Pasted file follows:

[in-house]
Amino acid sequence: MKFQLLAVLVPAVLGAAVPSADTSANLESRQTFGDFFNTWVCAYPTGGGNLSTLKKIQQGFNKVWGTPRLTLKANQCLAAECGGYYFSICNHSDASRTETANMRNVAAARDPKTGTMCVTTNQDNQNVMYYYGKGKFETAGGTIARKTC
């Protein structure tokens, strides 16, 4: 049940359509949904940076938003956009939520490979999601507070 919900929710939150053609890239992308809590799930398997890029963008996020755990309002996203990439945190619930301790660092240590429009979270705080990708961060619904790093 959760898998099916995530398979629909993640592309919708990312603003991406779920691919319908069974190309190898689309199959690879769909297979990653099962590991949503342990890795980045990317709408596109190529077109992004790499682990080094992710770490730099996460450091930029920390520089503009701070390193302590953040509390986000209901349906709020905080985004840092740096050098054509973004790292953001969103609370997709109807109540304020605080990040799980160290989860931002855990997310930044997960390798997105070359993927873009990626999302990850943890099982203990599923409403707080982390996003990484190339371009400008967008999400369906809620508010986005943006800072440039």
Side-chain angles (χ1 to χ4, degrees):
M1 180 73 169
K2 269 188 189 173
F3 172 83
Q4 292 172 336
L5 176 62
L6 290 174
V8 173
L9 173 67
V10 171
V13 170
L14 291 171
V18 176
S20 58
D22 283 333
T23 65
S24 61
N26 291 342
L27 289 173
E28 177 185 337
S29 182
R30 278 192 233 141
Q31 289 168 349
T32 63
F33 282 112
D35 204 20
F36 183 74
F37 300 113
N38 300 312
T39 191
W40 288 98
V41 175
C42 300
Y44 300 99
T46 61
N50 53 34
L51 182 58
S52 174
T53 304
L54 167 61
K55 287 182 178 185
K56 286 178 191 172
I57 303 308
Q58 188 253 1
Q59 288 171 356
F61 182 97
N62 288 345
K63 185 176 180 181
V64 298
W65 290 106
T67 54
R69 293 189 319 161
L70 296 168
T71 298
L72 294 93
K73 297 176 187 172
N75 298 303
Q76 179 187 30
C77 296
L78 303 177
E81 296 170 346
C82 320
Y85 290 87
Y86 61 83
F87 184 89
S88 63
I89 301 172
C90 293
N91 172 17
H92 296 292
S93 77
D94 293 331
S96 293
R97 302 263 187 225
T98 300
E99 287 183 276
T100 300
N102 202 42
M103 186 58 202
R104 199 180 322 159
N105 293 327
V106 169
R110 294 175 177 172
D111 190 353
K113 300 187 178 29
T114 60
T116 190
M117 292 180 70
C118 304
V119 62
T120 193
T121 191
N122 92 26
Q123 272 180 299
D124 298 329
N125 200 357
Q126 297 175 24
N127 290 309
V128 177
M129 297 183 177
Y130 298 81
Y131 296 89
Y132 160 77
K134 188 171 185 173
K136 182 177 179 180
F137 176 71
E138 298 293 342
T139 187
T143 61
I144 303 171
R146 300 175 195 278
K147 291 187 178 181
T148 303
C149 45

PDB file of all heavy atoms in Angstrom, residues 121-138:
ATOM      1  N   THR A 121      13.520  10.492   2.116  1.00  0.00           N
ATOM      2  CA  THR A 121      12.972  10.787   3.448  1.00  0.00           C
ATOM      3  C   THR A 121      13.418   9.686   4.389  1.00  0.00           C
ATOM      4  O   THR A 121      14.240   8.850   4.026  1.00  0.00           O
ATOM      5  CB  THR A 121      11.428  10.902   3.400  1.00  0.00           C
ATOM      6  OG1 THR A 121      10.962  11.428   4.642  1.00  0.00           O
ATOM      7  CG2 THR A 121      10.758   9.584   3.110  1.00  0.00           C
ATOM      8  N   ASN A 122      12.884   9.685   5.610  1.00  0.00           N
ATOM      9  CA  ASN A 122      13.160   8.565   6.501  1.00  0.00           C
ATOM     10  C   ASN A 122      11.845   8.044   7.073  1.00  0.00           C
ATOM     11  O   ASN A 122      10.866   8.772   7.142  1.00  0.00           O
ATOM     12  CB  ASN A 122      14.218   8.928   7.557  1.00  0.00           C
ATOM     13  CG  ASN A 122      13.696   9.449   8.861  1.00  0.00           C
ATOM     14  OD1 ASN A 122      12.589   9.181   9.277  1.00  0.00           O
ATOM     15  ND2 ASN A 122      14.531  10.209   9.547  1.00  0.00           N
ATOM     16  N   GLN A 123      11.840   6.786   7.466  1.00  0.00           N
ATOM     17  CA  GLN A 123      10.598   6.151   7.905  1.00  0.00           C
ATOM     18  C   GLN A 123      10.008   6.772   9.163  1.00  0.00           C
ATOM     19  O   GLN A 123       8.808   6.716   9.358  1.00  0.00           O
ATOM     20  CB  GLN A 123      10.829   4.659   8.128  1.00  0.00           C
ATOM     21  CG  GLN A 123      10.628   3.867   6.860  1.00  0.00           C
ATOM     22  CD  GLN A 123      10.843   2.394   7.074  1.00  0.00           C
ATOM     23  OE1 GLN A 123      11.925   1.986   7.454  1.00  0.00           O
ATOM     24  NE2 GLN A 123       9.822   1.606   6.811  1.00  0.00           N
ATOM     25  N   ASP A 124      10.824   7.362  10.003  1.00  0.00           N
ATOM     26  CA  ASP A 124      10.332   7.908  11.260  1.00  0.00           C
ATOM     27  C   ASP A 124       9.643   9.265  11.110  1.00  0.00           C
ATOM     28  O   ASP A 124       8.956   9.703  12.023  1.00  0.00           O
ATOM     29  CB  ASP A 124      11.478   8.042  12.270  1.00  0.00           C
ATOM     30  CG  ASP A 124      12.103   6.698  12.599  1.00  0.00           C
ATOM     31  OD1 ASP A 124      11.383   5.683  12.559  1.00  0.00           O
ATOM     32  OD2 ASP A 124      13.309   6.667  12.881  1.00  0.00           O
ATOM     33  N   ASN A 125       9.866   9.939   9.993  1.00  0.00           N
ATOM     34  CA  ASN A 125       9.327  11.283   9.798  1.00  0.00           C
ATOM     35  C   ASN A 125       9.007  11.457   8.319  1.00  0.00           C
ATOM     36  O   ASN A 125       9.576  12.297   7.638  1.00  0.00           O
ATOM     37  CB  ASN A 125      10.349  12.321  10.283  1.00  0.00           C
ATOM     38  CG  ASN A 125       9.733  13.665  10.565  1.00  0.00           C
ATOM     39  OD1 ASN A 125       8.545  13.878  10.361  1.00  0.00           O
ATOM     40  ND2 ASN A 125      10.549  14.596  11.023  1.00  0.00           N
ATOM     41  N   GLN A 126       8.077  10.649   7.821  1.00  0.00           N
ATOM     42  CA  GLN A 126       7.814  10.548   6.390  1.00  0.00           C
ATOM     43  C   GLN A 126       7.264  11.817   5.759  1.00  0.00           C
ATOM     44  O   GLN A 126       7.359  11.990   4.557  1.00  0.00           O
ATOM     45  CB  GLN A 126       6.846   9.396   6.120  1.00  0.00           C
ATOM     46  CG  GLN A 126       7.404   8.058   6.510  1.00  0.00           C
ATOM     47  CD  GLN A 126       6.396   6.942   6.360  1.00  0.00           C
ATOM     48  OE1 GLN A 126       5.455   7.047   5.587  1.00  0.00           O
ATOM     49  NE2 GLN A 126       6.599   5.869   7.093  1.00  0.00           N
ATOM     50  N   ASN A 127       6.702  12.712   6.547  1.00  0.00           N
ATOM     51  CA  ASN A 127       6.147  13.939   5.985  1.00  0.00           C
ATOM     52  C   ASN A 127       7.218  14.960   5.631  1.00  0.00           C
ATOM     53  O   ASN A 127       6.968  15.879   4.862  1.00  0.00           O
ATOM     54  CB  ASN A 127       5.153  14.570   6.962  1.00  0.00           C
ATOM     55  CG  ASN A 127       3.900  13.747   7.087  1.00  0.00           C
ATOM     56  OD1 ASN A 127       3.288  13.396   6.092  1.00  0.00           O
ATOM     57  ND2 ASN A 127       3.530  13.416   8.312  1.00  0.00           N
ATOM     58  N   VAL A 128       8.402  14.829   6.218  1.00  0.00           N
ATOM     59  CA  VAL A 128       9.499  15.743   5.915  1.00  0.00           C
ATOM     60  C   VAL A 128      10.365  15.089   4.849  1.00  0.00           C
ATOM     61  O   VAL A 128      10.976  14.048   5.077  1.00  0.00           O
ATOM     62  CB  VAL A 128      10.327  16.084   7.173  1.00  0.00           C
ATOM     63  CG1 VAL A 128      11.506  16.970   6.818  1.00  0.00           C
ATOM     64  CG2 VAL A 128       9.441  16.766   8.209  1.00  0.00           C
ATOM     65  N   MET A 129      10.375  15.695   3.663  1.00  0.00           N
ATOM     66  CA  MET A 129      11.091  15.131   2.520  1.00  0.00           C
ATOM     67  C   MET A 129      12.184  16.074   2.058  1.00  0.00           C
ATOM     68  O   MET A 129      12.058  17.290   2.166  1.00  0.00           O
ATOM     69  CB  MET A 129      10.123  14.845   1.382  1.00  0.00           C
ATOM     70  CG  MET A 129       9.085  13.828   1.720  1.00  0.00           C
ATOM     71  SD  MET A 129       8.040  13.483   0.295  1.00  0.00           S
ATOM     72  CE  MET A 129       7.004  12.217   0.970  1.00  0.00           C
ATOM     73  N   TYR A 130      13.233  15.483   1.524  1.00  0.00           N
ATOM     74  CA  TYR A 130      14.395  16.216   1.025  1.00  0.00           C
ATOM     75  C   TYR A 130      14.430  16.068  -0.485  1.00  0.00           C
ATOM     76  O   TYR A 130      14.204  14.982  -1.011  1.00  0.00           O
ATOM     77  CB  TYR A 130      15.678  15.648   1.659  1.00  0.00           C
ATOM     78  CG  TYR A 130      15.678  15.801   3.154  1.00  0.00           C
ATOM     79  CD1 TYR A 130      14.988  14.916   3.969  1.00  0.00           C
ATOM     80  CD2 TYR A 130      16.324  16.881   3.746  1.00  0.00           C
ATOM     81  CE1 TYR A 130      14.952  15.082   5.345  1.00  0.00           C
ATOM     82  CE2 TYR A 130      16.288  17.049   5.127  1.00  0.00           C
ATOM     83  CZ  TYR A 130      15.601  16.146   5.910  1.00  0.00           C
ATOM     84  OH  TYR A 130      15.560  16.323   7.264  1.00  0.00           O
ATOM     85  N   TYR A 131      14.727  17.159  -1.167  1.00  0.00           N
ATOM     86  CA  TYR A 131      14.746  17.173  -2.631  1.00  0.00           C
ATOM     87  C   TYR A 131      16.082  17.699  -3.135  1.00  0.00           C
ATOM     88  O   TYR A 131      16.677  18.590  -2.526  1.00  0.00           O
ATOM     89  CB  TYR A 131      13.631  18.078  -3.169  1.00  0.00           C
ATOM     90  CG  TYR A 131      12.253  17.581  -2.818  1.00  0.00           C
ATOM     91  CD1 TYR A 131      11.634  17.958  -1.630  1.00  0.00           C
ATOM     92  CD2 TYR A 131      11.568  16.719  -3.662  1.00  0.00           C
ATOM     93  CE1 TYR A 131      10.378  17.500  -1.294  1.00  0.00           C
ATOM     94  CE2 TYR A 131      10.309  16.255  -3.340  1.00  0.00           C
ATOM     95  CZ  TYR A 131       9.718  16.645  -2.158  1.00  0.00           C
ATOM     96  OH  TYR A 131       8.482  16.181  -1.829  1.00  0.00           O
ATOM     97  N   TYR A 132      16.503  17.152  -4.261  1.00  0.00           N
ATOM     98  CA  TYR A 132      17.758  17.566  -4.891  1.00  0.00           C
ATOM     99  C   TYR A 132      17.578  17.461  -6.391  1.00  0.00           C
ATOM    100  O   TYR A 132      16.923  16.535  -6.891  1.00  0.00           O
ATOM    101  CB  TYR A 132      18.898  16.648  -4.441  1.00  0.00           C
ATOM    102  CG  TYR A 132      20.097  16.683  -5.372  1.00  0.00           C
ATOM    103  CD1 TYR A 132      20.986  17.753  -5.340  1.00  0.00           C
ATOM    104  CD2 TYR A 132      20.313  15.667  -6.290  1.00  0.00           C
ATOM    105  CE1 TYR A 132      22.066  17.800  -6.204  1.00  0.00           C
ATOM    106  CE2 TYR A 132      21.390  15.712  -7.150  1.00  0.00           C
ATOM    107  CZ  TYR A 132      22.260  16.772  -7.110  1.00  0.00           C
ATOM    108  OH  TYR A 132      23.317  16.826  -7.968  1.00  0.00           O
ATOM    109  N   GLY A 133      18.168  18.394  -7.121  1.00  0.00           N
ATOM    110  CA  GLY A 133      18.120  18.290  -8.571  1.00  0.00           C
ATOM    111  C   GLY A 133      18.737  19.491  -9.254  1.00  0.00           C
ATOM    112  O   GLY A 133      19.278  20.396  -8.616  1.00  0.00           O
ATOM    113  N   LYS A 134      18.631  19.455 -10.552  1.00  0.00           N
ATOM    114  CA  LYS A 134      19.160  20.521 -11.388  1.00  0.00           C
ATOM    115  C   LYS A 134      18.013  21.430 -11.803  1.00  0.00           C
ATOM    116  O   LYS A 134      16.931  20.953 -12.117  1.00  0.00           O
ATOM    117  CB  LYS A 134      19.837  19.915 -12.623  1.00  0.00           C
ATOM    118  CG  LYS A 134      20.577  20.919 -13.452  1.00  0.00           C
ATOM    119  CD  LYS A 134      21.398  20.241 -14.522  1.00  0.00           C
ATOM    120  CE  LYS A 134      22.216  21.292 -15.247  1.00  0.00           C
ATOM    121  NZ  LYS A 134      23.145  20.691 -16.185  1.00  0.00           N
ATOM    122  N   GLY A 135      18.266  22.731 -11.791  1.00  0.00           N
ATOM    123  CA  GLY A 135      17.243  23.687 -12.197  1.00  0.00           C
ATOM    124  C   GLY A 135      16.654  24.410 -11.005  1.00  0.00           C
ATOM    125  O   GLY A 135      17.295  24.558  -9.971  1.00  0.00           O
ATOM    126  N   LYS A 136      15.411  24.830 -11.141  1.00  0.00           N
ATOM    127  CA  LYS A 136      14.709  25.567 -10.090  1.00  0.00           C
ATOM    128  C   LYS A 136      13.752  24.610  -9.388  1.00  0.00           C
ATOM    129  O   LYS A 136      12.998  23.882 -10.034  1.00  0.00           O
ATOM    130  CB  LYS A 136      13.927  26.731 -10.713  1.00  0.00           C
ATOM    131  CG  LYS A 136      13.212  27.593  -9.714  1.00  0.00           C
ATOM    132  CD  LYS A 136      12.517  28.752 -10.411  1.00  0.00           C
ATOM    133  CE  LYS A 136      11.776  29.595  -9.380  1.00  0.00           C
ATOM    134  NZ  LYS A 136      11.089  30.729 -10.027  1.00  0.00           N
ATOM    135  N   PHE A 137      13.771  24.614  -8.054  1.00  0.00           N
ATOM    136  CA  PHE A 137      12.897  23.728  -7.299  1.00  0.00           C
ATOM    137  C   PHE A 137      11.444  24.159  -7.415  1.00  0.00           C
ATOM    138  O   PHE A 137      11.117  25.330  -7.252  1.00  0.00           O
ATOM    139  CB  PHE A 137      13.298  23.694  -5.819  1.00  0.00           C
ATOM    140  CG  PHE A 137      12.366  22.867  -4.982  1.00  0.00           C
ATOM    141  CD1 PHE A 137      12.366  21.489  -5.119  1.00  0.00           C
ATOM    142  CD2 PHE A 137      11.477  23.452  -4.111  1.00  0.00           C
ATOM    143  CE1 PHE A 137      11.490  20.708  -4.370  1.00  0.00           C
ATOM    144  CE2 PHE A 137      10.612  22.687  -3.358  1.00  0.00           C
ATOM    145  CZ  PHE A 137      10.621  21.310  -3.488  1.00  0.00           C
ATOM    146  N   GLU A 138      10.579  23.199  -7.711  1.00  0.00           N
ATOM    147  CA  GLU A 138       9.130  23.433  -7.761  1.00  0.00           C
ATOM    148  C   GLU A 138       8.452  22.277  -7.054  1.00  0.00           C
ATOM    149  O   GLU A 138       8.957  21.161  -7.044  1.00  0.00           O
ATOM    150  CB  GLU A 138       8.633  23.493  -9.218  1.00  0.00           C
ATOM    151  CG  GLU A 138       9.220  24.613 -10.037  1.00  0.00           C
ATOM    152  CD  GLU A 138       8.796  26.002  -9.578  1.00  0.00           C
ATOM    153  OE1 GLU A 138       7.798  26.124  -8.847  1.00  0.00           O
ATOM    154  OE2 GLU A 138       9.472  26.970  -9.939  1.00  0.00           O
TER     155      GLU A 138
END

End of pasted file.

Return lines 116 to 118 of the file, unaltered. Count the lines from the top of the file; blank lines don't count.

T148 303
C149 45

PDB file of all heavy atoms in Angstrom, residues 121-138: